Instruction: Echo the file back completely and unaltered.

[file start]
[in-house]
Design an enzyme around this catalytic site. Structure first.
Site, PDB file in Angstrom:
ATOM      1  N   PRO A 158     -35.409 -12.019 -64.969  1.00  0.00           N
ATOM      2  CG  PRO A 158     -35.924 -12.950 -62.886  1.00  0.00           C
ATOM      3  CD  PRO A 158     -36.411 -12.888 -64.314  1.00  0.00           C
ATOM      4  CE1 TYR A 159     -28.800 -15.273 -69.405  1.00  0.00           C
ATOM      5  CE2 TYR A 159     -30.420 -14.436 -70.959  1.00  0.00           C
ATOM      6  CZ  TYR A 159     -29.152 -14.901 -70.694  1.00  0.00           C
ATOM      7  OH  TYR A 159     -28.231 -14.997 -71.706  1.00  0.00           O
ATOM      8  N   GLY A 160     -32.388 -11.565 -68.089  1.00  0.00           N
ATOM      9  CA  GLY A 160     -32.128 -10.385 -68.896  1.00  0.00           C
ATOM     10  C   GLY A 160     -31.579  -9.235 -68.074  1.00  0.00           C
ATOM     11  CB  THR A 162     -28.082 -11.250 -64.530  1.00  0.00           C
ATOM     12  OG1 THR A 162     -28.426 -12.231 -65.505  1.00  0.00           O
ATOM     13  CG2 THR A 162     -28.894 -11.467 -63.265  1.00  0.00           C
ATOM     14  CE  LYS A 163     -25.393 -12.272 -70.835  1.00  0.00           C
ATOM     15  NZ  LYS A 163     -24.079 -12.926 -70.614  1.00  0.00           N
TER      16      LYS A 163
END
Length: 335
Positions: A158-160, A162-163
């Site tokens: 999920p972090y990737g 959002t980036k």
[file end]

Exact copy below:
[in-house]
Design an enzyme around this catalytic site. Structure first.
Site, PDB file in Angstrom:
ATOM      1  N   PRO A 158     -35.409 -12.019 -64.969  1.00  0.00           N
ATOM      2  CG  PRO A 158     -35.924 -12.950 -62.886  1.00  0.00           C
ATOM      3  CD  PRO A 158     -36.411 -12.888 -64.314  1.00  0.00           C
ATOM      4  CE1 TYR A 159     -28.800 -15.273 -69.405  1.00  0.00           C
ATOM      5  CE2 TYR A 159     -30.420 -14.436 -70.959  1.00  0.00           C
ATOM      6  CZ  TYR A 159     -29.152 -14.901 -70.694  1.00  0.00           C
ATOM      7  OH  TYR A 159     -28.231 -14.997 -71.706  1.00  0.00           O
ATOM      8  N   GLY A 160     -32.388 -11.565 -68.089  1.00  0.00           N
ATOM      9  CA  GLY A 160     -32.128 -10.385 -68.896  1.00  0.00           C
ATOM     10  C   GLY A 160     -31.579  -9.235 -68.074  1.00  0.00           C
ATOM     11  CB  THR A 162     -28.082 -11.250 -64.530  1.00  0.00           C
ATOM     12  OG1 THR A 162     -28.426 -12.231 -65.505  1.00  0.00           O
ATOM     13  CG2 THR A 162     -28.894 -11.467 -63.265  1.00  0.00           C
ATOM     14  CE  LYS A 163     -25.393 -12.272 -70.835  1.00  0.00           C
ATOM     15  NZ  LYS A 163     -24.079 -12.926 -70.614  1.00  0.00           N
TER      16      LYS A 163
END
Length: 335
Positions: A158-160, A162-163
């Site tokens: 999920p972090y990737g 959002t980036k």